Arundinaria gigantea - Wild cane
This is a large genus of over 100 species found in Asia and North America. Wild
cane is a type of bamboo native to north Florida
and the eastern United States.
As a group, bamboos are important sources of food (bamboo shoots) and building
materials. Wild cane is found in moist sites, in the open or along a woodland
edge. The tall subspecies can grow to over twenty feet tall. It is a
stoloniferous plant that spreads rapidly in a suitable environment. Like other
bamboos, a colony may die after flowering. Where the stems grow large, they are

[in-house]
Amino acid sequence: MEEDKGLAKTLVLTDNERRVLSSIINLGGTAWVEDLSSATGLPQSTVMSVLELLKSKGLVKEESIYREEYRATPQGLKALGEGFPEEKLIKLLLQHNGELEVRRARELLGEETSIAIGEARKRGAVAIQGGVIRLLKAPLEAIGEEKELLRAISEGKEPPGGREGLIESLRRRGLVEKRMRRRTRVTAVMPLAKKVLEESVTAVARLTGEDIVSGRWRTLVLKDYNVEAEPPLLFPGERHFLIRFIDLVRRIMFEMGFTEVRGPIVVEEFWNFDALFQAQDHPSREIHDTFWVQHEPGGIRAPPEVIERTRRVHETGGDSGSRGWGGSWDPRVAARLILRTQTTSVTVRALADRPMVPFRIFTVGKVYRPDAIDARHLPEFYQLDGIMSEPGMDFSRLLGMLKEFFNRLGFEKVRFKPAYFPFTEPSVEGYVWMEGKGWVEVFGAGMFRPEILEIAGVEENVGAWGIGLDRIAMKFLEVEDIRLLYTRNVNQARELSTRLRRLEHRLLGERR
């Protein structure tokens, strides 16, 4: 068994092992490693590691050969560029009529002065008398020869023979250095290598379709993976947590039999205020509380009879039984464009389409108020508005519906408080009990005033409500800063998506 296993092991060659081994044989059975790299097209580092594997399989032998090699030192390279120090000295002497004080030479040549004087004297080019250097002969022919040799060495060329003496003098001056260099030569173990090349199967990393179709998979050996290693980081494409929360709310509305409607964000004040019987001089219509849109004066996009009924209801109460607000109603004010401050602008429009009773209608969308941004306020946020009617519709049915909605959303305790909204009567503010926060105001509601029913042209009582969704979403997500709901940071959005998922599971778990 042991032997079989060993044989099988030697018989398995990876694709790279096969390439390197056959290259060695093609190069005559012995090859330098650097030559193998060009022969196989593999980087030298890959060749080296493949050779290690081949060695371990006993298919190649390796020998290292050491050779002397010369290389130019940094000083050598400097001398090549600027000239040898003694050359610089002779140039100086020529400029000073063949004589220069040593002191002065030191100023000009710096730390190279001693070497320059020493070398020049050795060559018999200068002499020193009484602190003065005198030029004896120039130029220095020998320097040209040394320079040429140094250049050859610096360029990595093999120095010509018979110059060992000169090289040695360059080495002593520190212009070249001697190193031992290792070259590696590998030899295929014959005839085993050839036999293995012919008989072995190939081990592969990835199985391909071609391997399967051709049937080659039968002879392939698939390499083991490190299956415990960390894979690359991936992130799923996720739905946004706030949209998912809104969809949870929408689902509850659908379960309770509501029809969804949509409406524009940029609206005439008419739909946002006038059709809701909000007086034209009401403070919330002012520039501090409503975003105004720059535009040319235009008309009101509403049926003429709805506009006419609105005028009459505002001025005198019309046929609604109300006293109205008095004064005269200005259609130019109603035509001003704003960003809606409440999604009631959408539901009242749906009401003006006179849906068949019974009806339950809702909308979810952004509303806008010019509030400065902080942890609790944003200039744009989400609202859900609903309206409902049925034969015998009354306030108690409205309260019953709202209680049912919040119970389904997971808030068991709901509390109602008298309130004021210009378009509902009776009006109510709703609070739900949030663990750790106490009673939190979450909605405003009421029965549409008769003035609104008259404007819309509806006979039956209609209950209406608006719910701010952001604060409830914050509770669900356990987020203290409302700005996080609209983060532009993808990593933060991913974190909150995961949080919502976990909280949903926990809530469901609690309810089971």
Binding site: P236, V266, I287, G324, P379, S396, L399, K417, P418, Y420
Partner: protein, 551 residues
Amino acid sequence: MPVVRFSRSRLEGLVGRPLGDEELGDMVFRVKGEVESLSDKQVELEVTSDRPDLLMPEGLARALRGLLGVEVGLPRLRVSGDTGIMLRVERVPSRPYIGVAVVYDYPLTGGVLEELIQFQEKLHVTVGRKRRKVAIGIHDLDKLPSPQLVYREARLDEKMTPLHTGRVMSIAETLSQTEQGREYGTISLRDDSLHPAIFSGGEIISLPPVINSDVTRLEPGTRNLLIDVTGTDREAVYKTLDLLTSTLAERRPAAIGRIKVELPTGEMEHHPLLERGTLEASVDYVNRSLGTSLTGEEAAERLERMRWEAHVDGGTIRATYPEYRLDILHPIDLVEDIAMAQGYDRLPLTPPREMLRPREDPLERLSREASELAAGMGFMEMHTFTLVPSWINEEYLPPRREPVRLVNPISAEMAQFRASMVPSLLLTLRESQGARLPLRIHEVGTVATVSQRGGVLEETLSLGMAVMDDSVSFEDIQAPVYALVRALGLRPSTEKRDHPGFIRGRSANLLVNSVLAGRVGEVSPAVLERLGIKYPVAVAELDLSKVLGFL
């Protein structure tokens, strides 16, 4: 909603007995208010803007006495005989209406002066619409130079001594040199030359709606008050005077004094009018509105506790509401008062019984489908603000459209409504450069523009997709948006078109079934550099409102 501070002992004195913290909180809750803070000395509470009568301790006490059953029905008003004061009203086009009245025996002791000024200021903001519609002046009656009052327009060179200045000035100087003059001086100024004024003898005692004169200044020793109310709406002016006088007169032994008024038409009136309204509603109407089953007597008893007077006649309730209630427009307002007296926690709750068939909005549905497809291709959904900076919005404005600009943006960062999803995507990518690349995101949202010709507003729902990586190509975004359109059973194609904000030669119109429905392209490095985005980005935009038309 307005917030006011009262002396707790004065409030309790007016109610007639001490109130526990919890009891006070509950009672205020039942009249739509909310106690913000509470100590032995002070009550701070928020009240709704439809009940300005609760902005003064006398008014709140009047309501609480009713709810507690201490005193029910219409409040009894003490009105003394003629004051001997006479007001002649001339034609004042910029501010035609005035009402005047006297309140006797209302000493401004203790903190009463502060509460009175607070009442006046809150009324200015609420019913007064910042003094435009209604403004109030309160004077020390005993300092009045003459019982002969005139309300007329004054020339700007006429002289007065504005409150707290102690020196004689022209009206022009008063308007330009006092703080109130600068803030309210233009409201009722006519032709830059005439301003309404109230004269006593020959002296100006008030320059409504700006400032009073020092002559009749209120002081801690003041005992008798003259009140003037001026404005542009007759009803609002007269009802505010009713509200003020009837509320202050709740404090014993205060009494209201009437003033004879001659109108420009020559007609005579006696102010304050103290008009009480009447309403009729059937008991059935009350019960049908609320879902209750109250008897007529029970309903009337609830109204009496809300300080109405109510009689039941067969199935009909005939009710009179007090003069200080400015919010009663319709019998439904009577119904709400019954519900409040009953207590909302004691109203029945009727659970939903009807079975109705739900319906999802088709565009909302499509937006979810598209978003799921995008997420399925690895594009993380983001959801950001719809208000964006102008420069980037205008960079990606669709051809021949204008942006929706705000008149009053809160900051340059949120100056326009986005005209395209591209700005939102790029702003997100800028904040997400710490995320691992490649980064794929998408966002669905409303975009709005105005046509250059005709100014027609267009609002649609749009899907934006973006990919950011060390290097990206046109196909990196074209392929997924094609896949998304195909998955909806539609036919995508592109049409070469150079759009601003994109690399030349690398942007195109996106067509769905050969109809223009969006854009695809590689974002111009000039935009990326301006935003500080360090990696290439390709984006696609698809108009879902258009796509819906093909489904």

harvested for use as poles and have been used commercially in the manufacture
of fishing poles. Reports of uses by native Americans includes the manufacture
of homes, rafts, bows and arrows, blow guns, spears, flutes, woven items like
mats and baskets, the seeds ground as flour, and treatments for a variety of
See plants along the nature trails by Lake Oneida.
A woody grass that grows from five to twenty feet tall.
Light: full sun to part shade
Water: not drought tolerant, a moist or irrigated site is necessary
Soil: poorly drained soil
The local form is the smaller subspecies, typically reaching
about five to six feet tall. This native plant grows well in a wet, sunny to
partly shaded site. It is best suited for a naturalistic garden.